As I got farther away, the only range-finding device that I had was something that NASA called the solid-state range finder. This was a piece of aluminum bar stock that was held out at arm’s length. It had notches cut into it that said “100 feet, 200 feet, 300 feet,” based on the size of the payload bay. I successfully went out about 100 meters, which was the plan, and came back in.
One of the surprises, though, was that when I got out away from the shuttle, I became very cold. I was out away from the payload bay, so I wasn’t getting any heat reflected back into the pressure suit. We had a big knob on the front of the suit’s [display and control module] marked “C” on one end, with several gradations, and “H” on the other [for temperature control]. Naively, I thought that H stood for hot, but H really stands for “not quite so cold.” The suit was designed to support someone doing honest physical work in the space environment, and flying the manned maneuvering unit was a matter of using your fingertips. So, my metabolic load was extremely low, and I got cold.
This was early in the program, and the heat rejection system was a sublimator—a porous plate that had ice formed on the outside. Water was fed from the inside to the outside, and as the ice formed it took heat away. Inside the plate you had a cooling tube that circulated water through the lines that were laced through the liquid cooling garment. The ground rule was “never turn off the sublimator,” because if you try to restart it, it may malfunction and blow all the water out. Well, I got so cold that finally Mission Control agreed that this was a situation where we had to try it. I switched off the sublimator, and about 15 minutes later I was comfortably warm again; I switched on the sublimator, and it started working, no problem. We had put to rest another bugaboo in the space program. So far as I know it has never failed to properly start, or restart.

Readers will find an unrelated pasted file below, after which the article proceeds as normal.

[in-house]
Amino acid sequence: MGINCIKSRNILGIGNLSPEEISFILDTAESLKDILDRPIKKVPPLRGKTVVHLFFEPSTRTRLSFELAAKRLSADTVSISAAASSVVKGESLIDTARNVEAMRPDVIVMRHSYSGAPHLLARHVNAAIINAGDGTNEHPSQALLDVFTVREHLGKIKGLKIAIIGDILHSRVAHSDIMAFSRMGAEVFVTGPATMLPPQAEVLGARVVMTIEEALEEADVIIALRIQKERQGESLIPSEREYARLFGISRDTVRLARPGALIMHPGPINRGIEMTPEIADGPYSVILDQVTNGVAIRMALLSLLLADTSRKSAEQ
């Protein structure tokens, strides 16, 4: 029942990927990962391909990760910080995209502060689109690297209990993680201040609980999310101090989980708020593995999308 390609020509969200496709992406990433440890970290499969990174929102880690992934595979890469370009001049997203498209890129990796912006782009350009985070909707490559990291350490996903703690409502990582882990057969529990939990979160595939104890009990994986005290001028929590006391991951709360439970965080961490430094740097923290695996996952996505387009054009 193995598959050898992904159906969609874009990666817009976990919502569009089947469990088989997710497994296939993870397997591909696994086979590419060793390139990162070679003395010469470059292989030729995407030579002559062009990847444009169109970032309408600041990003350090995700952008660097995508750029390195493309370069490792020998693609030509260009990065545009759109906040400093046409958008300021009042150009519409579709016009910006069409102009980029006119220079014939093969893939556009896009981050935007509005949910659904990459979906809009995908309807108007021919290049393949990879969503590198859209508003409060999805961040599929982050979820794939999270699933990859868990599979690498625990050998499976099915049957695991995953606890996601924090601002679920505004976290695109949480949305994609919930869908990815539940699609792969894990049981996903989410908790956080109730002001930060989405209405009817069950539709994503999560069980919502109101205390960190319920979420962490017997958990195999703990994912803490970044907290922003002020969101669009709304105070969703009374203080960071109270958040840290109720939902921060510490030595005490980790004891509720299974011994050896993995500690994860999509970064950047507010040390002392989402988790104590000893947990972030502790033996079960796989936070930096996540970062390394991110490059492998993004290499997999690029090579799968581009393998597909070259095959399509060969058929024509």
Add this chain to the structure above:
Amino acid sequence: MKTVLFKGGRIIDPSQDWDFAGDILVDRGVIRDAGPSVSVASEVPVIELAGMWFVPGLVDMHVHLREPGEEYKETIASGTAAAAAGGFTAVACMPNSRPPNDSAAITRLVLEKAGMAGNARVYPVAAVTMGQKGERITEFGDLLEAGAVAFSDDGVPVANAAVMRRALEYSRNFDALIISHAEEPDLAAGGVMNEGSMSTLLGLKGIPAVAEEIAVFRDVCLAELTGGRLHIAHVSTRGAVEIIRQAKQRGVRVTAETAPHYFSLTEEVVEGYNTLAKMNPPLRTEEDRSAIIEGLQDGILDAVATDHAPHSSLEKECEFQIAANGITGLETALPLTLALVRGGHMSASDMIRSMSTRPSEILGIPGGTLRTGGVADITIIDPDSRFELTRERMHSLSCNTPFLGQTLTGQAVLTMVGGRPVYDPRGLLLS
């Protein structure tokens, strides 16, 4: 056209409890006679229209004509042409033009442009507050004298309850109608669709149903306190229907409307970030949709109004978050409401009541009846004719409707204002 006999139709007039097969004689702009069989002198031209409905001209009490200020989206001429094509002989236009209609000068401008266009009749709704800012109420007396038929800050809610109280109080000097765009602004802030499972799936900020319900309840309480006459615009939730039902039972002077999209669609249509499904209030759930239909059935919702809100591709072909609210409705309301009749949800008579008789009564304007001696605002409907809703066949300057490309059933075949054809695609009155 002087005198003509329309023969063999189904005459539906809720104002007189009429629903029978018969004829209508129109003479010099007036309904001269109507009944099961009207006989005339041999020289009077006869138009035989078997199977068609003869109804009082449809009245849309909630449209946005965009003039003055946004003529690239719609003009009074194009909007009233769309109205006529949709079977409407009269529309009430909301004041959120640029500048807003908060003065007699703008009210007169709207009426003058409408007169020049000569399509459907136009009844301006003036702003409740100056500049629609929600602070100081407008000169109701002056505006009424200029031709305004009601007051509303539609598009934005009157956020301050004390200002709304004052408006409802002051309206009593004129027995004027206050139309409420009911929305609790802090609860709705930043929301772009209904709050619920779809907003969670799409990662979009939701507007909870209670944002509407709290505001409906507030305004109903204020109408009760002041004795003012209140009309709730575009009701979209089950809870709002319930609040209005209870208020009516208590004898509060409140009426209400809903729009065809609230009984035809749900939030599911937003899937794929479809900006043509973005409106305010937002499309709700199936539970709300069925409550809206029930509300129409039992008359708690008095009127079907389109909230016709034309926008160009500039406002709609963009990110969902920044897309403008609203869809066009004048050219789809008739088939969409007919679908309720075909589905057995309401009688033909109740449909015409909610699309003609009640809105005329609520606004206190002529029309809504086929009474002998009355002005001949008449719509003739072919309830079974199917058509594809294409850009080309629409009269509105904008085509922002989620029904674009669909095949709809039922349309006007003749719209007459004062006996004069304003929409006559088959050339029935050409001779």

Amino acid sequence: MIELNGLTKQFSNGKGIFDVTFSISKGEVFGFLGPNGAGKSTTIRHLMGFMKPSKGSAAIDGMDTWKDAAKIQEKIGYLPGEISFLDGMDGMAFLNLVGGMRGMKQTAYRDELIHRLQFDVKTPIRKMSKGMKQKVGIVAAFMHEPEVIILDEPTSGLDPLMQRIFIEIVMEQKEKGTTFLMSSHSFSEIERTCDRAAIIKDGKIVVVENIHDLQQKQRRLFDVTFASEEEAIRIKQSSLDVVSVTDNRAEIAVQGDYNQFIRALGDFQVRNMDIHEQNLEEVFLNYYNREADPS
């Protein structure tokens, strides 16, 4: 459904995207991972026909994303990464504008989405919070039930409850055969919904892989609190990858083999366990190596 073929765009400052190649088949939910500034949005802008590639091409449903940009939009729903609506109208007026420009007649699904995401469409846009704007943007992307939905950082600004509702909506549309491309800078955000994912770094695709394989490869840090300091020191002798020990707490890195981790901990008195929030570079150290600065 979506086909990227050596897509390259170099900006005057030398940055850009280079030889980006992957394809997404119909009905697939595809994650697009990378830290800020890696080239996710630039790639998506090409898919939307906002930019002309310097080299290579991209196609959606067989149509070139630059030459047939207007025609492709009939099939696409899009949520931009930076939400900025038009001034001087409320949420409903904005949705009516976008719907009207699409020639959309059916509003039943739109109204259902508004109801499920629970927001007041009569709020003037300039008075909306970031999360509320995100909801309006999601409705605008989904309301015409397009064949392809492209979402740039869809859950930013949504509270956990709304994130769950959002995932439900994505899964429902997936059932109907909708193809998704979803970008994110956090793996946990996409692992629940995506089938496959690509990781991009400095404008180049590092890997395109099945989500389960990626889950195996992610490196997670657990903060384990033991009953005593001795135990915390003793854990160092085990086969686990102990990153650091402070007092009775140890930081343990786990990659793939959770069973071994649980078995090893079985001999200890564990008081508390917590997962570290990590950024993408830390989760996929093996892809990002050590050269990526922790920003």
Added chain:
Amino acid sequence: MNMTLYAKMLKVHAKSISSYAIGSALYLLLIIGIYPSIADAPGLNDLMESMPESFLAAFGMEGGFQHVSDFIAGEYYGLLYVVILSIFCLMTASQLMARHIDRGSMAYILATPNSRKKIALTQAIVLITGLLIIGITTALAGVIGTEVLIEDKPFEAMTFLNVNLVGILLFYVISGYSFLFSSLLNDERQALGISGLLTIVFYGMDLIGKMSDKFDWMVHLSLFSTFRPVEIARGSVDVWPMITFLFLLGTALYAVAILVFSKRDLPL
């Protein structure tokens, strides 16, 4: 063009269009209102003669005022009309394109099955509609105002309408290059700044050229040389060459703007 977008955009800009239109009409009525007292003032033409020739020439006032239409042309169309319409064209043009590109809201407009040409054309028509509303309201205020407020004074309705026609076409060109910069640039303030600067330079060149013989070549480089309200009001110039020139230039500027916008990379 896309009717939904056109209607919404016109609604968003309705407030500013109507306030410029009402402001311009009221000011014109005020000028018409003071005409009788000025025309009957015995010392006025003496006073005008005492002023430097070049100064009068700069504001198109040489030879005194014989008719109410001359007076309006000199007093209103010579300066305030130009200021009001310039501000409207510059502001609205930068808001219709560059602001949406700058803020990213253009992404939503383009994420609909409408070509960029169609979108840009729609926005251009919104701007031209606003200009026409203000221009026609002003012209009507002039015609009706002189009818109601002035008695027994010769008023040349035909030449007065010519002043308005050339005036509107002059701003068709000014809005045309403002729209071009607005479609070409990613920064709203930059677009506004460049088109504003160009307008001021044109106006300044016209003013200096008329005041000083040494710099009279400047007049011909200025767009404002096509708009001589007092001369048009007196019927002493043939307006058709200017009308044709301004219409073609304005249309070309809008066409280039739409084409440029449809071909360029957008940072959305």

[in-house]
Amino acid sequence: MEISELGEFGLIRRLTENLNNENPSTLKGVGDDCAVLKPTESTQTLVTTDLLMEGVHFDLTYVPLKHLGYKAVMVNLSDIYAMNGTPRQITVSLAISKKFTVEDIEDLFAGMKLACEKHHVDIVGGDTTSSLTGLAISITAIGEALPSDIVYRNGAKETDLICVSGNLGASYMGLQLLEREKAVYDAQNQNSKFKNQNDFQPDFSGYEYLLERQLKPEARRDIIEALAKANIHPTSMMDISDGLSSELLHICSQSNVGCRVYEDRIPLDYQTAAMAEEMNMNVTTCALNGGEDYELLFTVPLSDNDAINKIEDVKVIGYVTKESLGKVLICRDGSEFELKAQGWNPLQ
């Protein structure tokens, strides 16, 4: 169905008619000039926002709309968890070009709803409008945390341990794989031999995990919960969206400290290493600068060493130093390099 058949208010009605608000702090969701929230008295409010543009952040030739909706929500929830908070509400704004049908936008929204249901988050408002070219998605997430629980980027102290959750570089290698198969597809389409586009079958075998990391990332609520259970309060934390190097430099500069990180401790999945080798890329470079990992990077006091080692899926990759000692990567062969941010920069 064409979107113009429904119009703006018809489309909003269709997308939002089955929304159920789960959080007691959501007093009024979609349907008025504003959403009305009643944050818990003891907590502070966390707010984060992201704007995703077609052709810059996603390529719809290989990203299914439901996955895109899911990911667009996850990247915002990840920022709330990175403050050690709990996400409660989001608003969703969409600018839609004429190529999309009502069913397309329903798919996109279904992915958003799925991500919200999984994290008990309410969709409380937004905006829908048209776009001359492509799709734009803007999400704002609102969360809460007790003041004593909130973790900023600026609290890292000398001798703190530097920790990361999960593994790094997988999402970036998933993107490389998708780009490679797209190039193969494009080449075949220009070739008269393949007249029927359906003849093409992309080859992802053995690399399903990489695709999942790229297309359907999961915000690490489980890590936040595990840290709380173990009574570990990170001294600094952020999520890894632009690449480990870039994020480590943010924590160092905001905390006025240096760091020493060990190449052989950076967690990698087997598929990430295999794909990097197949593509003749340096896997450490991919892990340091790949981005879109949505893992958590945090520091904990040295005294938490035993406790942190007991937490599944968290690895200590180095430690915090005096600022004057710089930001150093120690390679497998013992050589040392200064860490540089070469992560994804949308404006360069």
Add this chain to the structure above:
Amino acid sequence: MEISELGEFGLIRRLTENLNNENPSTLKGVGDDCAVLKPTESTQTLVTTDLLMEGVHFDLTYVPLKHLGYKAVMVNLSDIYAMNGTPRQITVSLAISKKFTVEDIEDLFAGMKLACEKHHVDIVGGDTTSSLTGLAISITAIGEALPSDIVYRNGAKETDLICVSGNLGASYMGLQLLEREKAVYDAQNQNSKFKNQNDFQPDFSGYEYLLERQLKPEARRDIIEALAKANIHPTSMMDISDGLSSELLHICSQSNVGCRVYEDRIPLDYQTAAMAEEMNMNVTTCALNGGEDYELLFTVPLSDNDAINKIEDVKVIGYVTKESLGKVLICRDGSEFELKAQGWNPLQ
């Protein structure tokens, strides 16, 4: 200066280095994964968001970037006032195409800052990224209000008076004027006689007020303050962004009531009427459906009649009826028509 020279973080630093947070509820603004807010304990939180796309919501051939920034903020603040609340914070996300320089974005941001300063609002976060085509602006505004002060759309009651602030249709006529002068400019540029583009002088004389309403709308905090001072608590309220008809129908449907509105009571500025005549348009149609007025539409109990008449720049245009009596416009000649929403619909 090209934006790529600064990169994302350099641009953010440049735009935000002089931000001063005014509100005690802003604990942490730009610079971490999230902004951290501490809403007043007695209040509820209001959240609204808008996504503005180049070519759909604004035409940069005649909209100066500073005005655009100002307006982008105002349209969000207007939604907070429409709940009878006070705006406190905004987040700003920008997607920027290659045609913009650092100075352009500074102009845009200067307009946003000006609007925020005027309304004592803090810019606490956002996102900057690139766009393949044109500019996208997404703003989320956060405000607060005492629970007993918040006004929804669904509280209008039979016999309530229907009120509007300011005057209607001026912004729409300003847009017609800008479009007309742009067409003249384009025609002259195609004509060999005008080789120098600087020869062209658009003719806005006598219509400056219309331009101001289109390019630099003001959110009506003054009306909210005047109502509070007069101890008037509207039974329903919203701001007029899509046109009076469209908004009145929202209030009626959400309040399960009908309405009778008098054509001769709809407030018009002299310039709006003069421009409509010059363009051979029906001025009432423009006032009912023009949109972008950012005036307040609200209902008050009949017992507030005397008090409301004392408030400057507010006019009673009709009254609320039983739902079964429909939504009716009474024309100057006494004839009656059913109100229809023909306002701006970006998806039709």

The MMU was used on two other space shuttle missions. One was the repair of the Solar Maximum Mission, and the other was the retrieval of two satellites, later in 1984. Following the Challenger accident, however, NASA opined that it did not have enough money to recertify it for flights on the new shuttle. We had also developed a maneuvering technique [with the shuttle] called “Low Z”, which allowed us to drive right up to a satellite without the thrusters impinging on it, which reduced the necessity for the manned maneuvering unit.
As we look toward the future, the Orion spacecraft is being designed for visits to the Moon and bodies like asteroids and Mars. I think that we will find the need for a maneuvering unit to get around the surface of an asteroid. There don’t seem to be any handholds there, and I don’t think you can walk on it or leave footprints on an asteroid. I think that a maneuvering unit would be the way to explore it, and to put a belt or cargo net around it, so it can be attached or moored to an Orion spacecraft.